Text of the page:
4

This question already has an answer here:

I'm working on a small MVC framework in PHP for an exercise. PHP, however, doesn't seem to like my Controller class. The class contains an instance of a loader that loads views:

abstract class Controller
{
    public $load;
    function __construct($load) 
    {
        $this->load = $load;
    }
    abstract public function index();
}

From there, I can override Controller for all my controllers. For instace, my index controller:

class Index extends Controller
{
    public function index()
    {
        $this->load->view("hello_world");
    }
}

But when I create it:

require 'Controller.php';
require 'Load.php'
require 'controllers/Index.php';
$i = new Index(new Load());
$i->index();

I get this error:

PHP Fatal error:  Call to a member function view() on a non-object in /var/www/controllers/Index.php on line 7

Can you guys help me out? I know I set the load in the constructor, and the load class does have a method called view, so why is it giving me this error? Also: Load class, just for good measure

class Load
{
    public function view($filename, $data = null)
    {
        if(is_array($data)) extract($data);
        include ROOT.DS.'views'.DS.$filename.'.php';
    }
}

marked as duplicate by tereško, Greg, NullPoiиteя, Lusitanian, Dejan Marjanovic Feb 17 '13 at 16:18

This question has been asked before and already has an answer. If those answers do not fully address your question, please ask a new question.

  • the __construct method of Load needs to return the object. but you need to show the constructors too, or we can just guess. – Dan Lee Jun 17 '12 at 17:55
  • @DanLee Constructores don't need to return objects. – Niko Jun 17 '12 at 17:59
  • @Niko: Of course they don't need too, but I thought Index seems to expect an object – Dan Lee Jun 17 '12 at 18:00
  • @DanLee Let me clarify what I meant: There is absolutely no point in returning something from a constructor, because new ignores the return value anyway. – Niko Jun 17 '12 at 18:11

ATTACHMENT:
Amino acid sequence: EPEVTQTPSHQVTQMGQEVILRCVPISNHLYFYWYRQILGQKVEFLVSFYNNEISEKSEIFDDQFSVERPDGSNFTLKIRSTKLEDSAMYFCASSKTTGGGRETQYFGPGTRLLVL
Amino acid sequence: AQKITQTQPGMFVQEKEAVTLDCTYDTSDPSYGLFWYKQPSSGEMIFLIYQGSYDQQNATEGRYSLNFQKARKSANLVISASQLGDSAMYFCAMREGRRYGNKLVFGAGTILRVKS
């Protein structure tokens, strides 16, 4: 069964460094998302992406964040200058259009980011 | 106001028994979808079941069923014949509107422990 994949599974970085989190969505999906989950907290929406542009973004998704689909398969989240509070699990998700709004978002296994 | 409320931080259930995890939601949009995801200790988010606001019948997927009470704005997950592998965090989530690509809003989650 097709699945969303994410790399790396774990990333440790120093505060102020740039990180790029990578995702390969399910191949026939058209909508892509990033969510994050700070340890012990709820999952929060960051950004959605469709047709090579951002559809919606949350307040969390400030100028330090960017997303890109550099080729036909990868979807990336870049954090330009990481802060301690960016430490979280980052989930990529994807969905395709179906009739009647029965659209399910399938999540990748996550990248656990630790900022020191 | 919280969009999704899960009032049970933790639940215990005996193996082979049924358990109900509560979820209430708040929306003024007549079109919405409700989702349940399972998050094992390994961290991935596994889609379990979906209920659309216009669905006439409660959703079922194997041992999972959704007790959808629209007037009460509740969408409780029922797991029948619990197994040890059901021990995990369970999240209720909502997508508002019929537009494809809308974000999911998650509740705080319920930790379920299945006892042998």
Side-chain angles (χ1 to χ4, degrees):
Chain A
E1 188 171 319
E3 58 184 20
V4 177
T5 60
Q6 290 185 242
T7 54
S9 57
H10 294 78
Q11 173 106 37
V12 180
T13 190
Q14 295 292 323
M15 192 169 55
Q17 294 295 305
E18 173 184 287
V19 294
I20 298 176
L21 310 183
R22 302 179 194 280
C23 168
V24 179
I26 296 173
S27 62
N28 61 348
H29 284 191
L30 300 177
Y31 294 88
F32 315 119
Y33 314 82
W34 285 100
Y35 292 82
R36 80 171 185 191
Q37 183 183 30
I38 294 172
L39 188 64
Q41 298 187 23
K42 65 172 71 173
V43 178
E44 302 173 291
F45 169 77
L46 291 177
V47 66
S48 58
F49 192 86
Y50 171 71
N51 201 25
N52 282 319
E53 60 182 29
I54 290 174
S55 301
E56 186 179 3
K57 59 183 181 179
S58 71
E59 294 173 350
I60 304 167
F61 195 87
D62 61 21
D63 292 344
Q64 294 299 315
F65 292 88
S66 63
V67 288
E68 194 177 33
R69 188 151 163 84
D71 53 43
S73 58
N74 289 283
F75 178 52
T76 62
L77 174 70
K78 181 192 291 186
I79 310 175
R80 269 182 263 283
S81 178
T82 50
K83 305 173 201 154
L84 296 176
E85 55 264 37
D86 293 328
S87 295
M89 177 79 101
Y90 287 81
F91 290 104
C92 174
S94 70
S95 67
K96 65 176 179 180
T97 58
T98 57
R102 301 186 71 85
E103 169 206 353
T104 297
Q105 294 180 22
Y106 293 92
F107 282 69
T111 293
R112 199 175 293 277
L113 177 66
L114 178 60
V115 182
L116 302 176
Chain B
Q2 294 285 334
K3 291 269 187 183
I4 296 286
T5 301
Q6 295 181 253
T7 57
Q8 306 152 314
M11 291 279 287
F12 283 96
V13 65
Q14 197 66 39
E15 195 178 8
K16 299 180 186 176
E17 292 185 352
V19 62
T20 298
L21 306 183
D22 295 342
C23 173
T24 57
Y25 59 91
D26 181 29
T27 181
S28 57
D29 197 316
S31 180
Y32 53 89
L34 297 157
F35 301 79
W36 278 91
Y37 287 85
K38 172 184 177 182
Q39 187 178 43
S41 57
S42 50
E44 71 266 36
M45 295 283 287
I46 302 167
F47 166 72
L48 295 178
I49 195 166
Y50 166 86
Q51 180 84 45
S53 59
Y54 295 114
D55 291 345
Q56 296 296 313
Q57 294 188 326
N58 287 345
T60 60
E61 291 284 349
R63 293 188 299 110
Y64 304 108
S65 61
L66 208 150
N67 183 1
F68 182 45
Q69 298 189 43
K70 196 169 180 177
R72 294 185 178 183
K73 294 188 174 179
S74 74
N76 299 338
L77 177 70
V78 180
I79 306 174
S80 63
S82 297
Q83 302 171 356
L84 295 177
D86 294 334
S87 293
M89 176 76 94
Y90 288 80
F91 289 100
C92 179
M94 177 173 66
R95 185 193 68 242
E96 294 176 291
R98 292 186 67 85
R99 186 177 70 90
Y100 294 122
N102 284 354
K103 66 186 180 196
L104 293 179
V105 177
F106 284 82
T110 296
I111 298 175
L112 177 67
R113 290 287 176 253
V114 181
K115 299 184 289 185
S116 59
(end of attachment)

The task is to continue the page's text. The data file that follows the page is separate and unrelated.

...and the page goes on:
• @Niko And I mean constructs like new A(new B()); then the constructor of B (a factory maybe?) of course can return an object and inject it into A – Dan Lee Jun 17 '12 at 19:47
8

The problem is with this code, and it's not always obvious:

class Index extends Controller
      ^^^^^
{
    public function index()
                    ^^^^^
    {
        $this->load->view("hello_world");
    }
}

This is the same name and therefore a PHP 4 backwards compatible constructor. The parent's constructor then is not called, $load not set and the function not defined.

Knowing this, there are many solutions, including:

namespace DelishusCake;

Introduce a Namespace

This automatically fixes your issue. You need to place this on top of the file.

class Index extends Controller
{
    public function index($load = NULL)
    {
        isset($load) && $this->load = $load;
        $this->load->view("hello_world");
    }
}

Make the PHP4 backwards compatible constructor work

Or:

class MyIndex extends Controller
{
    public function index()
    {            
        $this->load->view("hello_world");
    }
}

Rename the class

Or:

class Index extends Controller
{
    public function __construct($load) {
        parent::__construct($load);
    }
    public function index()
    {            
        $this->load->view("hello_world");
    }
}

Add a PHP 5 constructor, call the parent's constructor

Keep in mind that you only need this because it's the same name. The in depth description you can find as well in the PHP Manual on the Constructors and Destructors page.

  • +1 Excellent answer! – Niko Jun 17 '12 at 18:08
  • Thank you so much! Your explanation was really helpful! I changed the controller name and it worked fine. – DelishusCake Jun 17 '12 at 18:10
  • 1
    Yeah, I think that's the best solution (next to namespacing if PHP 5.3 is ok) because you don't introduce any more code you would need to change in multiple places as change happens. – hakre Jun 17 '12 at 18:11
2

You need to instantiate the parent class.

class Index extends Controller
{
    public function __construct($load) {
      parent::__construct($load);
    }

    public function index() {
      $this->load->view("hello_world");
    }
}
  • 1
    Will cure, but is not the right explanation. Index === controller. – hakre Jun 17 '12 at 17:56
  • Unlike in languages such as Java or C++, constructors are inherited from the parent class - that's the whole point with naming them "__construct()" since PHP 5.0 – Niko Jun 17 '12 at 18:01
  • Thanks, that fixes the problem, but I thought constructors were inherited? – DelishusCake Jun 17 '12 at 18:02
  • @DelishusCake: Yes they are, but only if the child class does not override it. As explained in my answer, the Index::index() function is a constructor and overrides the parent constructor. And that's the whole story. – hakre Jun 17 '12 at 18:07

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